SOLIS NEFFA viviana Griselda
congresos y reuniones científicas
Diversity and distribution of extrafloral nectaries in a region with three converging South American biomes
Boise, Idaho
Congreso; Botany Conference; 2014
Institución organizadora:
American Society of Botany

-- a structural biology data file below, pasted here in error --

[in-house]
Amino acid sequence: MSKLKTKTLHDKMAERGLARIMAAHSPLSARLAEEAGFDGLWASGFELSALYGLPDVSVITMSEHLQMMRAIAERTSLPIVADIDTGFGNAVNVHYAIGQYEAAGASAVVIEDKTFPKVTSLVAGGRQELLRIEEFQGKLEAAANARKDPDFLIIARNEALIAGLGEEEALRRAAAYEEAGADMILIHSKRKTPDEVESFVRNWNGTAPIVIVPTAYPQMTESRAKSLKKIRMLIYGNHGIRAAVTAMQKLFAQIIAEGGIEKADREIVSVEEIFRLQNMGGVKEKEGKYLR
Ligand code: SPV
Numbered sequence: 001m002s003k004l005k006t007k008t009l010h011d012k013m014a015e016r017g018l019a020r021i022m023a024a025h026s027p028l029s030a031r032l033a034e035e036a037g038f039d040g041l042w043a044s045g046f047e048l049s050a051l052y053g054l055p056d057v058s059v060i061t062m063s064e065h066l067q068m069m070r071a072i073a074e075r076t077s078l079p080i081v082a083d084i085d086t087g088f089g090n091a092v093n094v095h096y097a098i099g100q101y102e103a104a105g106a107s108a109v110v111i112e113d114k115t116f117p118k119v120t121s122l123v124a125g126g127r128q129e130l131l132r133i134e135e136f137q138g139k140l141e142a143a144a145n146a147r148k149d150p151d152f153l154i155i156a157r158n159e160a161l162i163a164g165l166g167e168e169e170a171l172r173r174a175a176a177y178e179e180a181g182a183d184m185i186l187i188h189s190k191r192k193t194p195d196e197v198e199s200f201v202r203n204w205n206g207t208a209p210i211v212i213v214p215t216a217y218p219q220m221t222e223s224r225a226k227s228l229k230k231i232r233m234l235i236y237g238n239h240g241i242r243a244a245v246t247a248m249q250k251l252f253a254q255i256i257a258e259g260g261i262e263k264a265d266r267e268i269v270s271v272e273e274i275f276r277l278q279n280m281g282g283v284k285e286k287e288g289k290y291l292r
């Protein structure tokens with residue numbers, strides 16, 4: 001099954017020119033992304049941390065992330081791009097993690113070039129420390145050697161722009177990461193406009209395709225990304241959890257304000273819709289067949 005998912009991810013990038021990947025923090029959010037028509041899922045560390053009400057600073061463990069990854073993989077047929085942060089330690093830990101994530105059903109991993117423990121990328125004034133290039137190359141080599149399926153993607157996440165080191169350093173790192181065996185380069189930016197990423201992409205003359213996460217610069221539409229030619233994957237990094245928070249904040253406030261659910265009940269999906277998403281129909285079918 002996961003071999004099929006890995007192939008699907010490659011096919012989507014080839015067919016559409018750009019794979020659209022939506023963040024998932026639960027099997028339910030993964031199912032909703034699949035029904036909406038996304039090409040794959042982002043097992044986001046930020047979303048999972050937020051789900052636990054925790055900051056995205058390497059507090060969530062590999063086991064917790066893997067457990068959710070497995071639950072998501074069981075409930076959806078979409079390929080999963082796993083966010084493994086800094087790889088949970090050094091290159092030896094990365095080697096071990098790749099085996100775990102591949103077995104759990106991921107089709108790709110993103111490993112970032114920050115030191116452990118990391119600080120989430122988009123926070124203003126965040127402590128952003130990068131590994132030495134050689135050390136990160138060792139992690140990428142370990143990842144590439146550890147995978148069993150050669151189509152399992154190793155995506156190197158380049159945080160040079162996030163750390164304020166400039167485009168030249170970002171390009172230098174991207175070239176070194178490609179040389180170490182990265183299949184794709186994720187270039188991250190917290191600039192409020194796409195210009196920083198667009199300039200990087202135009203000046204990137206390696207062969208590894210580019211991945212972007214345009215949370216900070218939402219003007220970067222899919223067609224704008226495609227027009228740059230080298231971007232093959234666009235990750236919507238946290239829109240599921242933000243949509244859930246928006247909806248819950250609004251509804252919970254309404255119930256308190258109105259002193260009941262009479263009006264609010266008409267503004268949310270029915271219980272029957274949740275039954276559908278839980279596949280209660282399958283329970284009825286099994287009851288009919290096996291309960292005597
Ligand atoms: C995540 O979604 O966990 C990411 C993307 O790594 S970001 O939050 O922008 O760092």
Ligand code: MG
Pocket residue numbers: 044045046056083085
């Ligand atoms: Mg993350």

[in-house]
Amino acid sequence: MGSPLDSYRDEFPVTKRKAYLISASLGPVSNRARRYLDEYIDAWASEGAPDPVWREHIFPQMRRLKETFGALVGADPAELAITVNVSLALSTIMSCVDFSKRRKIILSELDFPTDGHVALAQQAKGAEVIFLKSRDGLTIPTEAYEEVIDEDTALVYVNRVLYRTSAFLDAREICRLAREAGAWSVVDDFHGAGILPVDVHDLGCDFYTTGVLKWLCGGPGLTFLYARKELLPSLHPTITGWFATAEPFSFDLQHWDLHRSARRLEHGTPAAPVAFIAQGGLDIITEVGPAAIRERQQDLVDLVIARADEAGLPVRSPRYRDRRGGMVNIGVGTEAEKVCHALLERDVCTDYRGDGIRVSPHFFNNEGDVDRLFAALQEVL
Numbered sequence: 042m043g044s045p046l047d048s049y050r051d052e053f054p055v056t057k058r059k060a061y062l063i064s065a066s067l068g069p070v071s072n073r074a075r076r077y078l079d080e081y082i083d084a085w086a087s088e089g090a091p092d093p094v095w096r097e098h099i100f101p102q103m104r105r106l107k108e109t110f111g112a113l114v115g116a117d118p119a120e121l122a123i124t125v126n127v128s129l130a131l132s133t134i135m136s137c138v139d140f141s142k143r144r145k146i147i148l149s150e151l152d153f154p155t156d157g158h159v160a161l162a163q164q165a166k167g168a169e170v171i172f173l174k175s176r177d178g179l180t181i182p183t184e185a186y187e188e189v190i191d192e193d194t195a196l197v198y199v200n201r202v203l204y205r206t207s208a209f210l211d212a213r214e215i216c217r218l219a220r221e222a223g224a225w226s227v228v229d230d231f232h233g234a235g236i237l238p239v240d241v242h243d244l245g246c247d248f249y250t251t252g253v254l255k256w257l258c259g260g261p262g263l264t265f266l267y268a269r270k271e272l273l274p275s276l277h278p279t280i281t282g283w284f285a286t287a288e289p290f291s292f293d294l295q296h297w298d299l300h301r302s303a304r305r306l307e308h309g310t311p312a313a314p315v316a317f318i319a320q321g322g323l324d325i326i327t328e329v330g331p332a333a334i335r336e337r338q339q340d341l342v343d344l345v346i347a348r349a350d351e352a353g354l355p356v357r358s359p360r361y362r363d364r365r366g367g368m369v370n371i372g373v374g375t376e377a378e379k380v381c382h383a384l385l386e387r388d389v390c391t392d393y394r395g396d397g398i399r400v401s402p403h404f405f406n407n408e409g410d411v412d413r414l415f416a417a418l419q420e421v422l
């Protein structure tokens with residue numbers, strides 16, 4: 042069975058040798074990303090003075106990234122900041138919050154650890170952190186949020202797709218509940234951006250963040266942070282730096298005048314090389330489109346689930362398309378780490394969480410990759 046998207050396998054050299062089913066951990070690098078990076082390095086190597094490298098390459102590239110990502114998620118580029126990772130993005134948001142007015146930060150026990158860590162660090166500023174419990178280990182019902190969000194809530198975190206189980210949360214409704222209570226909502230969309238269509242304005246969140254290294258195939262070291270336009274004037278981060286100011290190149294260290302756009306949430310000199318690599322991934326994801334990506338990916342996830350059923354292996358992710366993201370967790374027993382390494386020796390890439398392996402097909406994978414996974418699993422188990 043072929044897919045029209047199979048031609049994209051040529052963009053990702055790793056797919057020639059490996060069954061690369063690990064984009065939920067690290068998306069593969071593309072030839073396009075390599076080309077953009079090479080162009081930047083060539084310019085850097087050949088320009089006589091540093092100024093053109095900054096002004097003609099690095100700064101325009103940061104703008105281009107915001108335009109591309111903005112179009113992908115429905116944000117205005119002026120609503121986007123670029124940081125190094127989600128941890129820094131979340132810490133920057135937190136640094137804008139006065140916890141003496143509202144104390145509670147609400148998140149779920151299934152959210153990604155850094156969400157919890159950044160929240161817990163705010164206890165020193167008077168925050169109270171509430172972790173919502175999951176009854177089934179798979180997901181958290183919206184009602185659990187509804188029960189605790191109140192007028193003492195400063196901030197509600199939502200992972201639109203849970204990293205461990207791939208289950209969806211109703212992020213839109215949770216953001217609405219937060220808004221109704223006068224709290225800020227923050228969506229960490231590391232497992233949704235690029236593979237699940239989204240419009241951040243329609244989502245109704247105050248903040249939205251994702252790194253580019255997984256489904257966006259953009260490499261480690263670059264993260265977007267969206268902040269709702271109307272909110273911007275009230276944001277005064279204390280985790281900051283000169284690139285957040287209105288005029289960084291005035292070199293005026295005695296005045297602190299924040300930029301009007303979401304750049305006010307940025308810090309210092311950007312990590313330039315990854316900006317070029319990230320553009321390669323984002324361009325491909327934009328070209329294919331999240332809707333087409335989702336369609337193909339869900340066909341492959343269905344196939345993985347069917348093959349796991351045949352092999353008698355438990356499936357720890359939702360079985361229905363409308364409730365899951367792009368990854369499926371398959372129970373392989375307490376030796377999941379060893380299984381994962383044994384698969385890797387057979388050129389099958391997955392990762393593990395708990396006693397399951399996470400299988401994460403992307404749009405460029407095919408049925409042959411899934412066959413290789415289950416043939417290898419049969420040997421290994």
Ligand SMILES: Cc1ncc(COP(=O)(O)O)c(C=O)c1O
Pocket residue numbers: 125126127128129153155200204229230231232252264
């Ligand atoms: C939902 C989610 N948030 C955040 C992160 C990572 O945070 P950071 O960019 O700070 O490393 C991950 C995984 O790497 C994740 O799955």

Plants in over a hundred families and even some ferns bear extrafloral nectaries (EFNs). These secretory structures occur on virtually any above-ground plant part, except flower organs participating in pollination. The secreted nectar represents a valuable, sometimes critical, food resource for ants and many other arthropods. In return for the nectar, the ants (and other aggressive arthropods) often protect the plants from herbivory. EFN diversity and the ecologically important interactions that they mediate have been studied especially in tropical forests and savanna-like habitats (where they rather represent a large proportion of the vascular flora), but also in North American and Asian temperate regions (where they represent only a minor fraction), whereas they remain largely unknown from subtropical ecosystems. Therefore, here we investigate patterns in the phylogenetic and geographic distribution of EFN-bearing plants in a region of subtropical South America characterized by the convergence of three main biomes: Chaco, Espinal and Paranaense. Specifically, we assess the total diversity of EFN-plants and their proportion relative to the rest of the vascular plants and compare results for individual biomes to identify which one displays the highest EFN diversity. The region of biome convergence corresponds geographically to the Argentinean province of Corrientes. Therefore, we compiled a list of vascular plant species with EFNs by comparing a floristic list of Corrientes (made of herbarium specimens extracted from the Flora of Argentina database) with reports from the literature and the online world list of EFN-plants and with our observations of herbarium material and living specimens. We assigned EFN-species to the three biomes according to their geographic distribution. Approximately 38% of the 162 vascular plant families in our checklist of Corrientes potentially include species with EFNs. These are distributed in 116 angiosperm and two fern genera, totaling 636 species. As found in other studied ecosystems, Leguminosae (Fabaceae) are on top with 34 genera and (potentially) some 137 species. Other families with noteworthy EFNs include the Bignoniaceae (15 genera/~26 spp.) and Euphorbiaceae (15 genera/~51 spp.), while in Cactaceae, there are more EFN-genera than currently thought (7 genera/~13 spp.). The Chaco biome appears to include most of the EFN-bearing plants. This might be explained by the fact that legumes are a dominant component of the Chaco and that this biome is known for its diversity and abundance of ants. Our study sets the stage for needed research on ant-EFNs interactions in South American subtropical ecosystem.